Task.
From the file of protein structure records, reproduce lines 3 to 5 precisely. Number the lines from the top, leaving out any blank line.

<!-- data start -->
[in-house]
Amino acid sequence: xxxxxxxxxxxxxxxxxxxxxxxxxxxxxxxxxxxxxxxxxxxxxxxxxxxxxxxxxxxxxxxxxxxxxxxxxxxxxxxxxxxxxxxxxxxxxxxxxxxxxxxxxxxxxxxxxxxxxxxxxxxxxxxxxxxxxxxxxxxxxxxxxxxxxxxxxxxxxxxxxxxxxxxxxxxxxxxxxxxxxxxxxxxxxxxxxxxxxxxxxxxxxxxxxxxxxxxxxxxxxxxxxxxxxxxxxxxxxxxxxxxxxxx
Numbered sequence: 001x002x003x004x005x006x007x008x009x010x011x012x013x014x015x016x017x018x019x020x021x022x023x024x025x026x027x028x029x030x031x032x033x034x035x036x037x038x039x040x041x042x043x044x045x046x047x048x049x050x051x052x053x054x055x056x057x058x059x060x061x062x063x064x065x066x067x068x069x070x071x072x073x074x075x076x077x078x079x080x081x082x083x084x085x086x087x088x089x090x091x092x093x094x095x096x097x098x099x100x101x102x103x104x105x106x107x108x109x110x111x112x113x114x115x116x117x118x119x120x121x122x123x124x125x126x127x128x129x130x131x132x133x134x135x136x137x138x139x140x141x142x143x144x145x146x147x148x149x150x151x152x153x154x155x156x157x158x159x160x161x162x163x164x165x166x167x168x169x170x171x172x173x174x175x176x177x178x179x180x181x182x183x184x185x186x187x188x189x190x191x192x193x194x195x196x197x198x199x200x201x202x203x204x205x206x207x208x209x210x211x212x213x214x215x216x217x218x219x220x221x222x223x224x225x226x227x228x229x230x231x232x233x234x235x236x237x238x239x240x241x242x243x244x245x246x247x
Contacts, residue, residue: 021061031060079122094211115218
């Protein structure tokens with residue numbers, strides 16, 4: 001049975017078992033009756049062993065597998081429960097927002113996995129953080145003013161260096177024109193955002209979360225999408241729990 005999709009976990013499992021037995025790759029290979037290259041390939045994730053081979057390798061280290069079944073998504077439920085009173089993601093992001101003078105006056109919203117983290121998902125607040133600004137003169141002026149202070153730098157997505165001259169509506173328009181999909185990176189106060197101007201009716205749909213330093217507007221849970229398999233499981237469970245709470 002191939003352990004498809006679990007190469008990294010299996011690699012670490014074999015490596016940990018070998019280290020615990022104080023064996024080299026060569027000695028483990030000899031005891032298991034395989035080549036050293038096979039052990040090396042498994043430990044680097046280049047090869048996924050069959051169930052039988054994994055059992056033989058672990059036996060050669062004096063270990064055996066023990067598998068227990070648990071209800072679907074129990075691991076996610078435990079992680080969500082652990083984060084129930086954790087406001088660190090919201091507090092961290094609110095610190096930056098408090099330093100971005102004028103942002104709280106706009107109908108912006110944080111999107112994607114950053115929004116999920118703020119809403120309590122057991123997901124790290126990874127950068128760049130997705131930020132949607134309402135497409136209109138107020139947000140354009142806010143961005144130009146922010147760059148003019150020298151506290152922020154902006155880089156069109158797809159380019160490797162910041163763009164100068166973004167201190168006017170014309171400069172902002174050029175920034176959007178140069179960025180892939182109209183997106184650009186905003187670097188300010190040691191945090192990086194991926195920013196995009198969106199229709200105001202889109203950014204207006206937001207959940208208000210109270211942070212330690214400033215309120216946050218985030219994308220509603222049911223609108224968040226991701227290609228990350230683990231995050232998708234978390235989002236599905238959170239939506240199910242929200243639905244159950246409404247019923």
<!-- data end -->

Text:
Numbered sequence: 001x002x003x004x005x006x007x008x009x010x011x012x013x014x015x016x017x018x019x020x021x022x023x024x025x026x027x028x029x030x031x032x033x034x035x036x037x038x039x040x041x042x043x044x045x046x047x048x049x050x051x052x053x054x055x056x057x058x059x060x061x062x063x064x065x066x067x068x069x070x071x072x073x074x075x076x077x078x079x080x081x082x083x084x085x086x087x088x089x090x091x092x093x094x095x096x097x098x099x100x101x102x103x104x105x106x107x108x109x110x111x112x113x114x115x116x117x118x119x120x121x122x123x124x125x126x127x128x129x130x131x132x133x134x135x136x137x138x139x140x141x142x143x144x145x146x147x148x149x150x151x152x153x154x155x156x157x158x159x160x161x162x163x164x165x166x167x168x169x170x171x172x173x174x175x176x177x178x179x180x181x182x183x184x185x186x187x188x189x190x191x192x193x194x195x196x197x198x199x200x201x202x203x204x205x206x207x208x209x210x211x212x213x214x215x216x217x218x219x220x221x222x223x224x225x226x227x228x229x230x231x232x233x234x235x236x237x238x239x240x241x242x243x244x245x246x247x
Contacts, residue, residue: 021061031060079122094211115218
């Protein structure tokens with residue numbers, strides 16, 4: 001049975017078992033009756049062993065597998081429960097927002113996995129953080145003013161260096177024109193955002209979360225999408241729990 005999709009976990013499992021037995025790759029290979037290259041390939045994730053081979057390798061280290069079944073998504077439920085009173089993601093992001101003078105006056109919203117983290121998902125607040133600004137003169141002026149202070153730098157997505165001259169509506173328009181999909185990176189106060197101007201009716205749909213330093217507007221849970229398999233499981237469970245709470 002191939003352990004498809006679990007190469008990294010299996011690699012670490014074999015490596016940990018070998019280290020615990022104080023064996024080299026060569027000695028483990030000899031005891032298991034395989035080549036050293038096979039052990040090396042498994043430990044680097046280049047090869048996924050069959051169930052039988054994994055059992056033989058672990059036996060050669062004096063270990064055996066023990067598998068227990070648990071209800072679907074129990075691991076996610078435990079992680080969500082652990083984060084129930086954790087406001088660190090919201091507090092961290094609110095610190096930056098408090099330093100971005102004028103942002104709280106706009107109908108912006110944080111999107112994607114950053115929004116999920118703020119809403120309590122057991123997901124790290126990874127950068128760049130997705131930020132949607134309402135497409136209109138107020139947000140354009142806010143961005144130009146922010147760059148003019150020298151506290152922020154902006155880089156069109158797809159380019160490797162910041163763009164100068166973004167201190168006017170014309171400069172902002174050029175920034176959007178140069179960025180892939182109209183997106184650009186905003187670097188300010190040691191945090192990086194991926195920013196995009198969106199229709200105001202889109203950014204207006206937001207959940208208000210109270211942070212330690214400033215309120216946050218985030219994308220509603222049911223609108224968040226991701227290609228990350230683990231995050232998708234978390235989002236599905238959170239939506240199910242929200243639905244159950246409404247019923």